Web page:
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Quebec convention 2011

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The Quebec conference of Mennonite Brethren Churches (AEFMQ) celebrates their 50th anniversary this year. A weekend of remembrance and worship will take place June 10-12 (for more details, see www.aefmq.org), but first, the conference met in April for their annual convention. Église chrétienne Khmere de Saint-Laurent (Cambodian church) was the first-time host for the annual convention of the AEFMQ at their Montreal location, Apr. 9. “The atmosphere was very good,” says executive director Gilles Dextraze; “it was an excellent gathering” of 38 people, including 29 delegates.

AEFMQ’s agencies are “going through a rough period,” says board president Ginette Bastien. Camp Peniel requires improvements to the site and facilities to the tune of $100,000. In addition, the Quebec ministry of education, leisure, and sports requires the camp to employ a program director and licensed lifeguard in order to qualify for grants and subsidies. Church support for the camp is low and the board –unable to attract new members – has been reduced to two. A proposal to close the camp at the end of 2011’s summer season was deferred to further discussion between the camp and provincial boards.

Other ministries, agencies, and partners of AEFMQ that reported include École de Théologie Évangélique de Montréal (ETEM), Church Development and Horizon Québec Ministries, Le Lien, MCC Quebec, the Board of Faith and Life and MB Mission. ETEM continues to struggle with viability. Le Lien is exploring reducing its publishing schedule from six to four times a year, from 24 to 20 pages, with a circulation of 2,000 instead of 3,500.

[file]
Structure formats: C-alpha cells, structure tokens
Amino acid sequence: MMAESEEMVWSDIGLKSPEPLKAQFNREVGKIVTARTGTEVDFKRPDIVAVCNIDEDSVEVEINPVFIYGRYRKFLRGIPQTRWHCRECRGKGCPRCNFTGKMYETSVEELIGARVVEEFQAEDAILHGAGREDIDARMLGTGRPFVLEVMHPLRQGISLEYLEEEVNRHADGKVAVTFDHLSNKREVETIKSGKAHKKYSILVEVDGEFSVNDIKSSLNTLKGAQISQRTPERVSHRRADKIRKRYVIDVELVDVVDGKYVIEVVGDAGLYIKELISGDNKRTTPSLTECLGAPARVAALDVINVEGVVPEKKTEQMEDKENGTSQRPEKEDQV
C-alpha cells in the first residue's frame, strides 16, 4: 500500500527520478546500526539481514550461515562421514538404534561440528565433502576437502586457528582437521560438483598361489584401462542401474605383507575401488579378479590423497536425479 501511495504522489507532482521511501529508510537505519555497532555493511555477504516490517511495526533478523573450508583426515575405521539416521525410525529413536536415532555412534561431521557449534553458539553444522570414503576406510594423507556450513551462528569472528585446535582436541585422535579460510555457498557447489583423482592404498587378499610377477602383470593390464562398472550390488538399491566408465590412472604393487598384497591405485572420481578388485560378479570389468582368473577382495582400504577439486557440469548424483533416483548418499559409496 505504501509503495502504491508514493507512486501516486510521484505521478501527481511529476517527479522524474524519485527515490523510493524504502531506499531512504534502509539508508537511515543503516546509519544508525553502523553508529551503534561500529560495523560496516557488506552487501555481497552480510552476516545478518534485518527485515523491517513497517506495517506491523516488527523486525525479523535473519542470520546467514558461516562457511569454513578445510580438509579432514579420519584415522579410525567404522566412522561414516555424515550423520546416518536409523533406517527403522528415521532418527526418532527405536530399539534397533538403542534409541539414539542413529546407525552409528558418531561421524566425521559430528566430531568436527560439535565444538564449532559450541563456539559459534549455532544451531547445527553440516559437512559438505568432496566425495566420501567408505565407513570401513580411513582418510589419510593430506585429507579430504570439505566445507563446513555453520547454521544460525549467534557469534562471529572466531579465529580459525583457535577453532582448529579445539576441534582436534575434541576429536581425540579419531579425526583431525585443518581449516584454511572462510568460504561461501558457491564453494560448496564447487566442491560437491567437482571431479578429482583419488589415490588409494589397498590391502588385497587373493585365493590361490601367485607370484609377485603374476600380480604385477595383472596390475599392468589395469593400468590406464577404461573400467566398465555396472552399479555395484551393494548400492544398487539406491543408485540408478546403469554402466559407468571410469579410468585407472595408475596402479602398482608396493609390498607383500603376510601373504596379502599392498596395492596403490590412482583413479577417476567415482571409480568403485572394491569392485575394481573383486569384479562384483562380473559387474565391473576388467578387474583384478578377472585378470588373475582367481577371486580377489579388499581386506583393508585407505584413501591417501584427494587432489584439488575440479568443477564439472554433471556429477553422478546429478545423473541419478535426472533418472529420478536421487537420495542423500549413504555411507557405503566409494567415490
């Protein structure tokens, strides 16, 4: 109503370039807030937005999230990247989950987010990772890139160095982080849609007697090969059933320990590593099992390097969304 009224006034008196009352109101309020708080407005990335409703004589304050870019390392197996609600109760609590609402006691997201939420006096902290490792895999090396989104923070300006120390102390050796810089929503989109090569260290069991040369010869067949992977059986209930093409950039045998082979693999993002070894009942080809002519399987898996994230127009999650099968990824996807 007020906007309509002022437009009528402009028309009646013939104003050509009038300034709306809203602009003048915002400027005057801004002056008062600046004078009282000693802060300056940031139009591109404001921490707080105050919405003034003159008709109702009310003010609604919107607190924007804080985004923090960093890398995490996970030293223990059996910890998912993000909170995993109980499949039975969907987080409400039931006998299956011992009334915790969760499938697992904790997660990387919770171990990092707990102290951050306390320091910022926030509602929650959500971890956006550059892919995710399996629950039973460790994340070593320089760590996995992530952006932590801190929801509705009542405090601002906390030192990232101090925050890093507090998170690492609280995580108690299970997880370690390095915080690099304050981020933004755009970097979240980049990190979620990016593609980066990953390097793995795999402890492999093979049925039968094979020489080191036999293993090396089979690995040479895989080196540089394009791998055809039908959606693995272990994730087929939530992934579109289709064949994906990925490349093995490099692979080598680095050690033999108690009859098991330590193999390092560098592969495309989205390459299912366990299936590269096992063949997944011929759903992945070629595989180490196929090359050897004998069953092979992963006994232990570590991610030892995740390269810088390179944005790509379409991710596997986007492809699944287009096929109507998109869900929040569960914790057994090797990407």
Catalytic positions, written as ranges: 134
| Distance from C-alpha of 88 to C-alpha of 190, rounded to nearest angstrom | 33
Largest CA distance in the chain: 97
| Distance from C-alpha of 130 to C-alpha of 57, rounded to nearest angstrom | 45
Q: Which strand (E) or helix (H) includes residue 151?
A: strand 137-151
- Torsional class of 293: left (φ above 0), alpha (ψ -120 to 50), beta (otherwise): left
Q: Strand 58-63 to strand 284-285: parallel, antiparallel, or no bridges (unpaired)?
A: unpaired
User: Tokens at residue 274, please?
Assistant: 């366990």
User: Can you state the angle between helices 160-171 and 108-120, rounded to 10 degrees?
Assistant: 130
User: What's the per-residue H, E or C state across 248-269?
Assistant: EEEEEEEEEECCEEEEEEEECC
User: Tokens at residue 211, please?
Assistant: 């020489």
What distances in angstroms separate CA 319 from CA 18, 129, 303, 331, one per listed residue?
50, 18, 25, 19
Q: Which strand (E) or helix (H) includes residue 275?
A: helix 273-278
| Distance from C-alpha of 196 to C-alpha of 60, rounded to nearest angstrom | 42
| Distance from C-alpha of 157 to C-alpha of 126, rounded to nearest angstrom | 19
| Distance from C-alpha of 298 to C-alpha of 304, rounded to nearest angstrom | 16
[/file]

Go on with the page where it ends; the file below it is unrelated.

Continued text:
On a more encouraging note, church planting is growing. The Living Room, a four-year old English-speaking congregation led by Michael and Michele Jones, grew out of a Bible study. The Westside Gathering, Église les Ambassadeurs Chrétiens, and L’Intersection continue to serve their members and their communities. Dialogues are on course with some church planters candidates.

It was a year of networking, with the first all-Canadian MB church planters retreat in B.C., followed by the beginning of bimonthly lunches for Quebec planters. Partnerships are also on the table in conversations with the Four Square denomination, and with European Mennonites regarding bringing a church planter from France. On the Canadian scene, Église Chrétienne Évangélique de Sainte-Thérèse is partnering with Chilliwack churches through Horizon Quebec, and Église Chrétienne Évangélique de Sainte-Rose has grown a relationship with College Drive Community, Lethbridge, Alta., through a Ministry Advantage coaching relationship.

Additionally, Horizon Quebec supported ReFocusing activities, some publicity pieces for local churches, an intern, and a staff person at Sainte-Thérèse.

Following round-table workshopping of the strategic plan, the assembly affirmed the staff and board of AEFMQ, reorganized to better serve the churches. New staff, Danielle Lajeunesse, coordinator of continuing education (part-time); Marie-Ève Nagant, MB Mission coordinator and youth worker; and Lyne Renaud, accounting clerk (part-time), were added. Gilles Dextraze continues as executive director; Stéphane Rhéaume, conference minister; Patrice Nagant and Alain Després, director and assistant director, respectively, of church development; Jean Bieri, board of faith and life representative; and Roger Deschênes as treasurer.

“Delegates listened to the difficult decisions that were being put forward with mixed feelings at the potential loss,” says Bastien. “Nonetheless, there was a general sense of encouragement as the churches continue to move forward with Horizon Quebec and a possibility of a church plant in the northern part of Montreal.”

—Karla Braun, from reports

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